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Brian Henry

Brian Henry is the author of three collections of poetry, most recently Graft (New Issues, 2003), and the editor of On James Tate (Michigan, 2004). He edits the journal Verse.


from Quarantine

Winter 2005 | Poetry

Though I rarely slept I never missed sleep I had learned to move as little as necessary to work without effort to watch my wife and son cry he cried in his sleep my wife never spoke to me except to say she would kill me but she never raised a hand sh [...]

New Scaffolding for New Arrangements

Spring 2004 | Essays

Pursuing the effect of Gerard Manley Hopkins's "He heightens worth who guardedly diminishes," Charles Wright's early lyrics are taut, controlled, and highly compressed. Although their diction is neither unnatural nor stilted, the poems are less colloquial than his later poems, their scaffolding less capacious.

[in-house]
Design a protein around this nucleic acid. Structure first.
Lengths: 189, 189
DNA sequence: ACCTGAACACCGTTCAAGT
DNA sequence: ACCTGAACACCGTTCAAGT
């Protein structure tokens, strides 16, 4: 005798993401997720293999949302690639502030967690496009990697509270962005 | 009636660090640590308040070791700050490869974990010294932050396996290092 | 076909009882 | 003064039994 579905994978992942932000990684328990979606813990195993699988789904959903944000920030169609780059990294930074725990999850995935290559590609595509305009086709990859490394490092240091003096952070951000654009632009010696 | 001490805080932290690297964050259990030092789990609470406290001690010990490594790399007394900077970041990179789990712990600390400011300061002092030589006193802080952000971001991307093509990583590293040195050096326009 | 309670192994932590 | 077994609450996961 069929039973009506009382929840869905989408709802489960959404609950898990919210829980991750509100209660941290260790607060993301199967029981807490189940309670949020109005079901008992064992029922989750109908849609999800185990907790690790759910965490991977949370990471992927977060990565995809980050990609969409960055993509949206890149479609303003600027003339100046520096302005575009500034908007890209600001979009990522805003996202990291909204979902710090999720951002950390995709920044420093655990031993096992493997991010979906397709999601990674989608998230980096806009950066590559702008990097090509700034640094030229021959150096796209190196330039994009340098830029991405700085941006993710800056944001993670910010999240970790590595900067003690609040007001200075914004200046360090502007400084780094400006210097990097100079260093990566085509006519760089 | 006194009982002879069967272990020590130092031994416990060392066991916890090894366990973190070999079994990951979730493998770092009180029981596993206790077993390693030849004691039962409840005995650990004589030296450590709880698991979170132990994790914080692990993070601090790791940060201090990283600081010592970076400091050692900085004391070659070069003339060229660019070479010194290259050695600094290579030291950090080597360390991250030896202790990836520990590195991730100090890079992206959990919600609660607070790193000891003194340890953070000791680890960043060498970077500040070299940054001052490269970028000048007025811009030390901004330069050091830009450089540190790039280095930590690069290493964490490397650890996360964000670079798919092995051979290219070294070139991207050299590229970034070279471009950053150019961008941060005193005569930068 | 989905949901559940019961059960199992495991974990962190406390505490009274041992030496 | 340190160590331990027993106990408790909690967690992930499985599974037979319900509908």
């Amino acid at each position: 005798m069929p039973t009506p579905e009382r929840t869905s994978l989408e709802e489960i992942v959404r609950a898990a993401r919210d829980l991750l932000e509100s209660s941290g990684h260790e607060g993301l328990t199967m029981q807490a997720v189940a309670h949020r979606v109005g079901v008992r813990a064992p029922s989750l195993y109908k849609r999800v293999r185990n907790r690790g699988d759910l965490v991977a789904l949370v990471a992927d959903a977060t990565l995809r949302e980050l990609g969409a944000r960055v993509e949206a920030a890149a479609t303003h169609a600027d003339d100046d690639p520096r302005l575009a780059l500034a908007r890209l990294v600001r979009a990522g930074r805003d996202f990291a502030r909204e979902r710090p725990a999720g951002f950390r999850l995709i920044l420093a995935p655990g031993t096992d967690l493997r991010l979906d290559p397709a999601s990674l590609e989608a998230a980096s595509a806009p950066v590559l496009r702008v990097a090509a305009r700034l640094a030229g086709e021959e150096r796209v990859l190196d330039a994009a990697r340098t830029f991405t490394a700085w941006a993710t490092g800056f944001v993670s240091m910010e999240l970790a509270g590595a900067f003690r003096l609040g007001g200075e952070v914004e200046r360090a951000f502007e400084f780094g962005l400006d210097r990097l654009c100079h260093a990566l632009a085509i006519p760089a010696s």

The Odyssey Revisited

Meadowlands. By Louise Glück. Ecco Press. $22.00.Since Homer introduced that wily traveler Odysseus to the world, countless poets have attempted to resurrect the tale and make it their own. Odysseus' ten-year voyage home has become an undeniable par [...]


Three Vignettes From Berlin

Summer 2013 | Essays

It seemed that every moment winter would touch its own back. The year’s last snow melted in the daytime, budded again overnight from sidewalks and car hoods, consuming into March and then into April days the deep patience of the most euphoric innkeepers, who at the first rays of better prospects populated the sidewalks with tables and chairs.